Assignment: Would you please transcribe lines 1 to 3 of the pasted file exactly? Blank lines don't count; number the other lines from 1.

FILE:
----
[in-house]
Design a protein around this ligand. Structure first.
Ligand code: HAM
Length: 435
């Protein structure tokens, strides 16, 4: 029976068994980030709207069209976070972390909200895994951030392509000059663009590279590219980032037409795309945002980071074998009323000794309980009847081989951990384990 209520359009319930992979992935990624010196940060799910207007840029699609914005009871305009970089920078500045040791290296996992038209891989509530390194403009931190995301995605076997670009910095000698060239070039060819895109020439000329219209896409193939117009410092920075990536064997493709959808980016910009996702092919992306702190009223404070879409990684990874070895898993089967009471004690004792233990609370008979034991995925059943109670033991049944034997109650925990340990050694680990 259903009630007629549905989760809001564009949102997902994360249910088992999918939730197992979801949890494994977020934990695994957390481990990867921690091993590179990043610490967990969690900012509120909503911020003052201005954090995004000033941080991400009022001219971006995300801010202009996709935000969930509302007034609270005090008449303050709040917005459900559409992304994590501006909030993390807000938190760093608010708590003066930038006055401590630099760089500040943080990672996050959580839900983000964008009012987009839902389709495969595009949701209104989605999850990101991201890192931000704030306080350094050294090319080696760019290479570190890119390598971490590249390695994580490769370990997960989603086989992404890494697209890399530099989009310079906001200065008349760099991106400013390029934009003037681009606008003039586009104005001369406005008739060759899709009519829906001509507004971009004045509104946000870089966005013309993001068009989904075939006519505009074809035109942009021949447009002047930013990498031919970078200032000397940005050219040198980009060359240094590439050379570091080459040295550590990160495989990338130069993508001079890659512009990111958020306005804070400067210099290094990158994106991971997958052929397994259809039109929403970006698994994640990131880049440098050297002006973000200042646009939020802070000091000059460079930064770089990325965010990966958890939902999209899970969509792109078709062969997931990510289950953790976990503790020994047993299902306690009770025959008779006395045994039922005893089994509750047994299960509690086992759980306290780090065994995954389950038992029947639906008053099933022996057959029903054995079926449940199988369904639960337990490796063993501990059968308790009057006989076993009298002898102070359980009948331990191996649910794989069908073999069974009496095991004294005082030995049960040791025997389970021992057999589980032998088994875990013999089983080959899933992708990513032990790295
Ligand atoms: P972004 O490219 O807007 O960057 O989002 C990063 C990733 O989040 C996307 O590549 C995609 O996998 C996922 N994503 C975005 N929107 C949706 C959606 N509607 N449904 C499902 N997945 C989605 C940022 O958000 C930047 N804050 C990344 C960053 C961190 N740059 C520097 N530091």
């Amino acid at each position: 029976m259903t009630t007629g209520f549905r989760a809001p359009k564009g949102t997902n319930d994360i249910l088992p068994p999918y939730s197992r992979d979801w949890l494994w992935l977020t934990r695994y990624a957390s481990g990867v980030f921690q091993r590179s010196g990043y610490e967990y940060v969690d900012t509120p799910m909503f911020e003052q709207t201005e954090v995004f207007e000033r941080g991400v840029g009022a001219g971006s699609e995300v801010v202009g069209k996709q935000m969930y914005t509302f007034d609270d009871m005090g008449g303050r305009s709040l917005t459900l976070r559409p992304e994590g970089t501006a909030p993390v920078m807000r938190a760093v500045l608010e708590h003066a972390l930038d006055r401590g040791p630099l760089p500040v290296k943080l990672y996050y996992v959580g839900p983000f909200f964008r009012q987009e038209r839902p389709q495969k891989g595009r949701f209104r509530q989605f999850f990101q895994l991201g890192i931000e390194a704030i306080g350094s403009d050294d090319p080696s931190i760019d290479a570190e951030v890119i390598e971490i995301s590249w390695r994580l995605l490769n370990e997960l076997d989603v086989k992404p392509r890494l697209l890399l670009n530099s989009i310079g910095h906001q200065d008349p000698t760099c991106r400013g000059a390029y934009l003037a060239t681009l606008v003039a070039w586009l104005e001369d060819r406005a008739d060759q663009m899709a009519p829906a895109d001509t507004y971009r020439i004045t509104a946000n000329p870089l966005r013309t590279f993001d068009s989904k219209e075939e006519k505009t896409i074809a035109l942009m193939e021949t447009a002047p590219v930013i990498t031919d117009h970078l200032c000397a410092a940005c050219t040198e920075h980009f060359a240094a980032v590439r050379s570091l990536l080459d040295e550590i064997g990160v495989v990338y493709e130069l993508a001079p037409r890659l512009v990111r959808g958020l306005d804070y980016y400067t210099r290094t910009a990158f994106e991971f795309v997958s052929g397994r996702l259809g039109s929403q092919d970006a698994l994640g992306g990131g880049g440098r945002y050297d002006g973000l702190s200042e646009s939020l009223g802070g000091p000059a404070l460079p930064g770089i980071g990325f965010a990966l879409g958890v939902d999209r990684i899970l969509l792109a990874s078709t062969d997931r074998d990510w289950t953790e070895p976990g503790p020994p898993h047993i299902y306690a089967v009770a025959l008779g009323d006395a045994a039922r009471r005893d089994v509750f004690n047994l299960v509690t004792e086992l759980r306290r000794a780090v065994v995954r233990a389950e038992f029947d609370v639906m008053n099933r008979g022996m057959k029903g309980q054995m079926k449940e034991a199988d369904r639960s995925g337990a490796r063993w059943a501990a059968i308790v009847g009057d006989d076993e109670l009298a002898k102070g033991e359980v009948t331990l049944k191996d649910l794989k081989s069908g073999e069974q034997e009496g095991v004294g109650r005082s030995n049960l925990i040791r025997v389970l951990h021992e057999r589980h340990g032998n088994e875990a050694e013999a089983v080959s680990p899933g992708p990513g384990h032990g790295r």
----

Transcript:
[in-house]
Design a protein around this ligand. Structure first.
Ligand code: HAM